Monday, June 2, 2014

Kalimutu’s not one to give up easily


Published on Saturday 31 May
The Malay Mail

Kalimutu, despite being 68, still coaches the Under-12 boys under the National Football Development Programme.

KALIMUTU N. VEERAPPAN is a shining example of someone who turned disappointment into a passion for sports.
The multi-talented athlete who hails from Malacca was heartbroken when he was left out of the 1972 Munich Olympics contingent. This was despite having been in the football squad of 19 that had earned a ticket to Munich after having beaten the likes of Japan, South Korea, Taiwan and the Philippines in the qualifying rounds in Seoul.
The team management under the late Datuk Harun Idris had promised that all 19 players would be retained for the Olympics.
But that was not to be. Midfielder Kalimutu — who had earned 14 international caps by then — Syed Ahmad, Chan Kok Leng and another player from Johor were dropped.
Kalimutu showing his grandson Kyle Kiren a photo of his younger days.

But Kalimutu, who turned 68 on May 8, did not let that disappointment deter him. “I could have given up sports but I wanted to prove that I was made of sterner stuff,” he said.
Today, Kalimutu is still sharing his knowledge of football and is coach educator (talent scouting) with the National Football Development Programme (NFDP).
Early this week, he left with NFDP technical director Lim Teong Lim and a team of 14 coaches and 22 Under-12 players for a training-cum-playing tour of Germany and Austria.
It is well-known that Kalimutu has impacted on children and adults in football, athletics, hockey, cricket and rugby. He did, after all, represent Malacca in these games in the 1960s and 1970s.
He coached the Malacca football team from 1978 to 1981 and was involved with the Junior Football School Malaysia and Royal Selangor Club soccer programme.
Kalimutu was a double international, having represented the nation in football and in the marathon at the 1967 Seap Games in Bangkok.
“It is my passion for sports, especially football, that has kept me involved all this while,” said Kalimutu, who was a former coaching instructor with the FA of Malaysia and Asian Football Confederation.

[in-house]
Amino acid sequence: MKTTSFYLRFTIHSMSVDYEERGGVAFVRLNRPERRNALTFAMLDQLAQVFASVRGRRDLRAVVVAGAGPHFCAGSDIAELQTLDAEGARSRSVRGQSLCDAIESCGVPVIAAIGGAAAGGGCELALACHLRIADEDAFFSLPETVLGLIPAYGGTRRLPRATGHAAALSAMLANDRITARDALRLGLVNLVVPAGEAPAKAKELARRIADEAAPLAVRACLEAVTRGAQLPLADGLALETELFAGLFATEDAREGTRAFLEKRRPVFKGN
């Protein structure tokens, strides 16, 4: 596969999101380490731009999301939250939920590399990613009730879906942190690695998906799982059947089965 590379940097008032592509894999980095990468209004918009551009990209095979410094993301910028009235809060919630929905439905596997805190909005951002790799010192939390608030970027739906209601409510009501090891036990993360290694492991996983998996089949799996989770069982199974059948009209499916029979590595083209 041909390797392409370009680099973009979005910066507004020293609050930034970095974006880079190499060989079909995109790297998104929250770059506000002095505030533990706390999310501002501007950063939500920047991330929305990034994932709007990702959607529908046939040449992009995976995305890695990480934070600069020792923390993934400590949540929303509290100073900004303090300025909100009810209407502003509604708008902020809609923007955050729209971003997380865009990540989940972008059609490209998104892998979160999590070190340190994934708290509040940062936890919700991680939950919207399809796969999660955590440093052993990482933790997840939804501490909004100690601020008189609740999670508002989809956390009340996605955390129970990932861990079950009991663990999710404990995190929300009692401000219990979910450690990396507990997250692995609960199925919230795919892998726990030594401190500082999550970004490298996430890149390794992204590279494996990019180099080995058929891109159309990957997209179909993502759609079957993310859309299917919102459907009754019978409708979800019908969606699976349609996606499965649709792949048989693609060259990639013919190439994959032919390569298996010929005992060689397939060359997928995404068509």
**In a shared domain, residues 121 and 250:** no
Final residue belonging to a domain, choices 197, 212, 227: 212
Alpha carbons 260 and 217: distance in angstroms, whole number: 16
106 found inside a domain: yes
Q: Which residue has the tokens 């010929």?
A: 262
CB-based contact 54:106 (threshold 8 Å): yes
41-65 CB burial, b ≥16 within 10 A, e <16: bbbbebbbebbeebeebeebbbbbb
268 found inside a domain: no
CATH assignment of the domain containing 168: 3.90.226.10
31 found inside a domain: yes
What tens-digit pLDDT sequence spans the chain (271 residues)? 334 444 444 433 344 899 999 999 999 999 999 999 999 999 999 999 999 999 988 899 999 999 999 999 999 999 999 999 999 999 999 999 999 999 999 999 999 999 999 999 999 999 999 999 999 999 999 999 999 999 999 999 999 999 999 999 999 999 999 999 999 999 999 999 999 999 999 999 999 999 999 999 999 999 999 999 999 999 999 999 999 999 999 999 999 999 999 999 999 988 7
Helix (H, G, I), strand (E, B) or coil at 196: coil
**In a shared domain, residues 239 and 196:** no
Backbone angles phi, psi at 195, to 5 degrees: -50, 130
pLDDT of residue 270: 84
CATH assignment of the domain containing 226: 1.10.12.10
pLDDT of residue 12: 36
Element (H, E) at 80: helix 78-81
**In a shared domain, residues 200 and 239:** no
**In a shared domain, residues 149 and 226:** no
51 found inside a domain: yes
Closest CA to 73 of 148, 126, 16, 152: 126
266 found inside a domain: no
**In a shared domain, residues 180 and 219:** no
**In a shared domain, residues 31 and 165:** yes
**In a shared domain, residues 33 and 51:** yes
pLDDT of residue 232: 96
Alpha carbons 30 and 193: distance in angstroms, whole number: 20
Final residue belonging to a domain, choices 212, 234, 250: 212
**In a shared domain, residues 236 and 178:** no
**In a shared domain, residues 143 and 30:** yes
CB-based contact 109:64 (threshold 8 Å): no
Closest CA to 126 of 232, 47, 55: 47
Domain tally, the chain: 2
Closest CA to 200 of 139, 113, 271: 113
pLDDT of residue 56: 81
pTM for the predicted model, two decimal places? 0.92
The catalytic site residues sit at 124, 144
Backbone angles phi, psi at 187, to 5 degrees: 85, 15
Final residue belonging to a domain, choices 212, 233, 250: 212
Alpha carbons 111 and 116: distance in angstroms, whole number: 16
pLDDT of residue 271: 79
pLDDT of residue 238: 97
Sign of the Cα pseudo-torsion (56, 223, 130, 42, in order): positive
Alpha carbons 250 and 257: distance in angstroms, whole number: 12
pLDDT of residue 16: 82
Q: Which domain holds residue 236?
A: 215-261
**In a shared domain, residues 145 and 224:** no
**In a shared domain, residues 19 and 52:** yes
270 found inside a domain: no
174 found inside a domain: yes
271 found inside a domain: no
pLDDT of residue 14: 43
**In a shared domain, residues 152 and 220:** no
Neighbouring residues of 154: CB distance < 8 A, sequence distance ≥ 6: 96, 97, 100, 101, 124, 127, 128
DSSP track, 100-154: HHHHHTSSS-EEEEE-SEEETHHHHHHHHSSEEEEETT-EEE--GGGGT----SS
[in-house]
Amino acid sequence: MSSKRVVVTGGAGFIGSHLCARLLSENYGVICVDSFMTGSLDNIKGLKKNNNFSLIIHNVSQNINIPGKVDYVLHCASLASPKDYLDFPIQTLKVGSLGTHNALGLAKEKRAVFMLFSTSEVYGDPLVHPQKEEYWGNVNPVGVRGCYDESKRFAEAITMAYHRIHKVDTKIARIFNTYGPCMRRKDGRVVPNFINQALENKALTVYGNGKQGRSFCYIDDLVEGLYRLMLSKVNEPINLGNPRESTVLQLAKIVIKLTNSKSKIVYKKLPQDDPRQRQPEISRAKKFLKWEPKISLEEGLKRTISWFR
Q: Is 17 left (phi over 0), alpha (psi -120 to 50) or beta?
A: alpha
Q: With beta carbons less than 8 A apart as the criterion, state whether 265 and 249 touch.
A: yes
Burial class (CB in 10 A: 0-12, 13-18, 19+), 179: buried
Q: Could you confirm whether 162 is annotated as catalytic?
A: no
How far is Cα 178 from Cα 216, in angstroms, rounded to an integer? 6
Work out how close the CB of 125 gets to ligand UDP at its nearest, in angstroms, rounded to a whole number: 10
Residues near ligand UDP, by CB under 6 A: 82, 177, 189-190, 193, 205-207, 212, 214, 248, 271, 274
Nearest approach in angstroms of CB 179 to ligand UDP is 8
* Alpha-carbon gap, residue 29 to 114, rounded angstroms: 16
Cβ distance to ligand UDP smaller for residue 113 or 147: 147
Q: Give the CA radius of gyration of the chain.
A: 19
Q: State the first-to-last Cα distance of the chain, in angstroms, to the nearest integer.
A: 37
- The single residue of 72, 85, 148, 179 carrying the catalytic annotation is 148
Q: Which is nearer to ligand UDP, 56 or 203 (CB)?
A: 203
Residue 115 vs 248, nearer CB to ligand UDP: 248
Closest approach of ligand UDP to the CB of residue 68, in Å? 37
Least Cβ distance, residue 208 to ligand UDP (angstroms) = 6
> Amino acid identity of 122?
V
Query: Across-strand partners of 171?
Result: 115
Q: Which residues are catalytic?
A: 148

So, has his involvement in sports been a consolation for missing the Munich Olympics? “No, I still have not got over the disappointment,” he said.
“All the other achievements in sports have made me happy, but every time I watch the Olympics, I shed tears at my missed opportunity.
The medals Kalimutu has garnered over the years are testimony of his sporting prowess.

“But when I look back or meet players I have coached and friends I have made all over the world, I think I did the right thing to continue with sports.”
Besides Malacca, Kalimutu also coached Perwira Habib Bank, his employer Tenaga Nasional Bhd (Kilat) and the national women’s hockey team.
He retired from TNB in 2001 after 36 years as the head of the company’s sports unit. Kalimutu’s experience in sports also extended to being sports/technical coordinator for events like the Sea Games, Asian Games, 1998 Commonwealth Games, 2002 World Cup hockey tournament and the 2002 FIFA World Cup.
“I still like to conduct football coaching courses if I have the opportunity,” said Kalimutu, who conducted 30 C licence and 20 B licence courses while with AFC and seven C licence courses with the FA of Malaysia from 1996 to 2008.
Despite his hectic schedule, Kalimutu always finds time for his wife Janet Koh Soo Ho and his three grandchildren.
His eldest son, Kelly Sathiraj, has followed in his footsteps and was the former FA of Malaysia assistant general-secretary and is currently project coordinator with AFC.
Kalimutu has another son Kellvyn Silvaraj and a daughter Kellyn Shantini, both of whom are married.
“I am blessed and I cannot complain. Till today, I have former athletes who greet me as ‘coach’ and have time for me. That means a great deal to me and I am happy that I played a small role in moulding them,” said Kalimutu, a livewire at any gathering.
Hurt he may have been long ago in 1972, but Kalimutu used that emotion to spur him to excel in anything he tried his hand at. Clearly, a man worth emulating.

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